The second to takes its blood supply from a dorsal or plantar system, which varies by patient. In the dorsal dominant system, the first dorsal metatarsal artery gives rise to the digital artery to the second toe. Venous drainage is provided by the subcutaneous venous plexus of the dorsum of the foot.
In the plantar dominant system, the second toe is supplied by the plantar common digital artery, a branch of the medial plantar system.
The large plexus of veins on the dorsum of the foot can be marked preoperatively with a venous tourniquet about the ankle. The dorsal venous arch has multiple interconnections and drainage via the greater and lesser saphenous systems. The extensive connections and generous size of the proximal vessels allows for a long venous pedicle that can be dissected easily.
The venous system of the toes drains into the dorsal venous arch and the greater and lesser saphenous systems.
Arterial inflow to the second toe is supplied by both the first dorsal metatarsal artery and the first plantar metatarsal artery, one of which is usually dominant. In our experience, approximately 60% of patients have a plantar dominant system. Occasionally, both dorsal and plantar systems are of similar caliber. A strong Doppler signal extending from the dorsalis pedis to the first web space ordinarily means a good dorsal inflow will be present. Both systems communicate via branches that dive between the metatarsals and send arterial inflow into the toes.
In the figure below, the second metatarsal and second toe are revealed from a medial perspective, after the great toe and first metatarsal have been peeled away. Communicating branches between the dorsal and plantar systems are visible, as are the braches to the second toe, and the transected branche to the great toe. This anatomy can be quite variable often with the first dorsal system diving through or deep to the first dorsal interosseous muscle. The muscle may need to be divided or an intramuscular dissection may need to be performed to expose the dominant inflow system.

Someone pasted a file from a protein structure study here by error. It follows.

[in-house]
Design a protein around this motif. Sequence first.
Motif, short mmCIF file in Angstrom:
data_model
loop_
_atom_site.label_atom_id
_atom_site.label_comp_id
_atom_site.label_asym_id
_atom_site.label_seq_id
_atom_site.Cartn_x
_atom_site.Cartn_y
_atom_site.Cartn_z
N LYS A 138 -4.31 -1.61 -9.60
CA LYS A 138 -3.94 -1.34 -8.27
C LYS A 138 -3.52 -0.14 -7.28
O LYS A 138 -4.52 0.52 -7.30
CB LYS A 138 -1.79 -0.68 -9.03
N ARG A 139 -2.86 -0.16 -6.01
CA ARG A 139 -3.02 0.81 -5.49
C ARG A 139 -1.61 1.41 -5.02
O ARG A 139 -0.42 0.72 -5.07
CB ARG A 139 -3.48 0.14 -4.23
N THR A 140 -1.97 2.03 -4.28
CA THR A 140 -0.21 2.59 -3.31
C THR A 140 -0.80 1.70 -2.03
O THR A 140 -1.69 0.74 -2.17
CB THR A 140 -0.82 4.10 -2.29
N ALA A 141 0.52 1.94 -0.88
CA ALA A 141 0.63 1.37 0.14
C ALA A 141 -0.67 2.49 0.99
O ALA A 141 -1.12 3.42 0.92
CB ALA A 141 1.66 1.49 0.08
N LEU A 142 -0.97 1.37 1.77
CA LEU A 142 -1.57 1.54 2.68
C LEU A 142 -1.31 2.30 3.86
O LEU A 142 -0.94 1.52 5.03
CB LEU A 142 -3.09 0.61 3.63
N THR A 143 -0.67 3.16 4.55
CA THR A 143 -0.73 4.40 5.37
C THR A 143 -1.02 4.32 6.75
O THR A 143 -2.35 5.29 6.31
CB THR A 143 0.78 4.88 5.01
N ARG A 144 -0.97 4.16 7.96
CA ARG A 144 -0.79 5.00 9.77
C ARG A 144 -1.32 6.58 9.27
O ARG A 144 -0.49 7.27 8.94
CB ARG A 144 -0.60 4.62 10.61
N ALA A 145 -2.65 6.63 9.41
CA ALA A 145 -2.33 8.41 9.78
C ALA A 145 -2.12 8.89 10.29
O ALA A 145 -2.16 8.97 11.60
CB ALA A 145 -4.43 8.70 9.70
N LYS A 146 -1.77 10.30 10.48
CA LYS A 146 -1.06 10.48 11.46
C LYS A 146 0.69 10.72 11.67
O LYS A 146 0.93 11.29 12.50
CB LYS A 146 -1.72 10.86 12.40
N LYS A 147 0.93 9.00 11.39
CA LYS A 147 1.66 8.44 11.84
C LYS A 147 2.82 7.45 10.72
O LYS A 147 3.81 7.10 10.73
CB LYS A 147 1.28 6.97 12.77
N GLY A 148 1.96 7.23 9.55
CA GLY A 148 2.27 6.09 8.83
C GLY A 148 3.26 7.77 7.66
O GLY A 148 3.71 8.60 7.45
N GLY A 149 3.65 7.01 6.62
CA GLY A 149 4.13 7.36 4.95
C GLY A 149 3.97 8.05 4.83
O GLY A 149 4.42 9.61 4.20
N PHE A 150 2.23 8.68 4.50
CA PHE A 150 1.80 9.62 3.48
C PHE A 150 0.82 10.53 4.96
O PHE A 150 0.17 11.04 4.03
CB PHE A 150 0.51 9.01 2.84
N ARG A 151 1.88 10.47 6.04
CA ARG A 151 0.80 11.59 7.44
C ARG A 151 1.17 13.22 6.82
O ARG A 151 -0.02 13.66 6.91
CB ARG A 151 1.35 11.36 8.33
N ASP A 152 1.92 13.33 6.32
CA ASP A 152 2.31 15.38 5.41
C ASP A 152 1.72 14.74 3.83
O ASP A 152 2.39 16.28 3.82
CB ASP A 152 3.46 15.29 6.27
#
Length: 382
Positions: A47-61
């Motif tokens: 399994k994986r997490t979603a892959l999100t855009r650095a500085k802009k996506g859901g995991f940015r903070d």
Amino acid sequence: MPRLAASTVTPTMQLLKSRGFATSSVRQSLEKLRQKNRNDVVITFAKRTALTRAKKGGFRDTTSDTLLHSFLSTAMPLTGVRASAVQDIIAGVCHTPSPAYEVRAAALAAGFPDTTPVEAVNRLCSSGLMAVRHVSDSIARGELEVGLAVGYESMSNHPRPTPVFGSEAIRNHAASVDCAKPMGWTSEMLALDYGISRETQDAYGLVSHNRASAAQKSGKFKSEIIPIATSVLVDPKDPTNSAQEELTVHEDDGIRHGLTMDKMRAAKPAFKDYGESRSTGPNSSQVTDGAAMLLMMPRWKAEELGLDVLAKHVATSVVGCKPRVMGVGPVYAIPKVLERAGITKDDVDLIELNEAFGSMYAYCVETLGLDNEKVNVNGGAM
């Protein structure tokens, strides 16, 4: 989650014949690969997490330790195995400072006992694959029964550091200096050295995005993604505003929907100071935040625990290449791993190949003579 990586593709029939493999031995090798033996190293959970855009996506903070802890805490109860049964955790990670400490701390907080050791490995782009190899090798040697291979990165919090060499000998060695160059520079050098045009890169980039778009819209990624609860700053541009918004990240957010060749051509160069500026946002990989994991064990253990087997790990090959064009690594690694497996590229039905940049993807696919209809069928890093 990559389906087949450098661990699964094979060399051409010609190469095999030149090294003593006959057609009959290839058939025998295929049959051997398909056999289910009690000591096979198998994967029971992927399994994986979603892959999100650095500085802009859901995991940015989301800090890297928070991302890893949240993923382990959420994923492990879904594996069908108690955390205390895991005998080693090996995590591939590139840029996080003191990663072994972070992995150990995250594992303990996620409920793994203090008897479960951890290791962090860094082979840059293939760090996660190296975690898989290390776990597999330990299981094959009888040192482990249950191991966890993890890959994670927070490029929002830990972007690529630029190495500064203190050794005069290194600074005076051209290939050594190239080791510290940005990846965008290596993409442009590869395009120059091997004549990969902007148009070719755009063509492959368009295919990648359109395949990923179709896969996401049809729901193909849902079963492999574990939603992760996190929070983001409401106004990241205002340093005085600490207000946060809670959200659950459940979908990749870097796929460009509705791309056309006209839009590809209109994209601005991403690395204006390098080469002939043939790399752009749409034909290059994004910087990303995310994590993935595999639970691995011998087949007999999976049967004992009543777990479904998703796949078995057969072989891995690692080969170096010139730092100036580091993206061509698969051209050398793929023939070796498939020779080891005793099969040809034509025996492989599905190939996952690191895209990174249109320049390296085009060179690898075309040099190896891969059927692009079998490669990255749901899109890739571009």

Blood supply to the second toe is provided by the dorsal or plantar system, with one typically dominant over the other. A common ditigal to the first web space sprouts a branch to the second toe and the great toe.
If plantar dominance requires dissection of the vessel proximally on the plantar aspect, the vessel may be traced to the dorsal pedis if the first dorsal interosseous muscle is divided. Some authors recommend vein grafting to the distal plantar dominant system and avoiding the tedious plantar dissection. The disadvantage of vein grafting include a potential increase in the rate of thrombosis and a smaller caliber artery that is present distally. Our preference is to vein graft.
A well padded tourniquet is placed on the ipsilateral thigh and the patient is prepped and draped in the supine position with the entire foot and lower leg below the knee in the operative field. The major draining veins of the second toe are usually drawn on the dorsum of the foot with a marking pen and the incision is outlined as shown below. It extends from the first web space proximally to a level 2 to 3 centimeters proximal to the metatarsophalangeal joint and then distally into the third web space, forming a triangular skin flap proximal to the toe. An incision is usually made proximal to the apex of this triangle to obtain proximal exposure. Asimilar incision is made on the plantar aspect of the foot.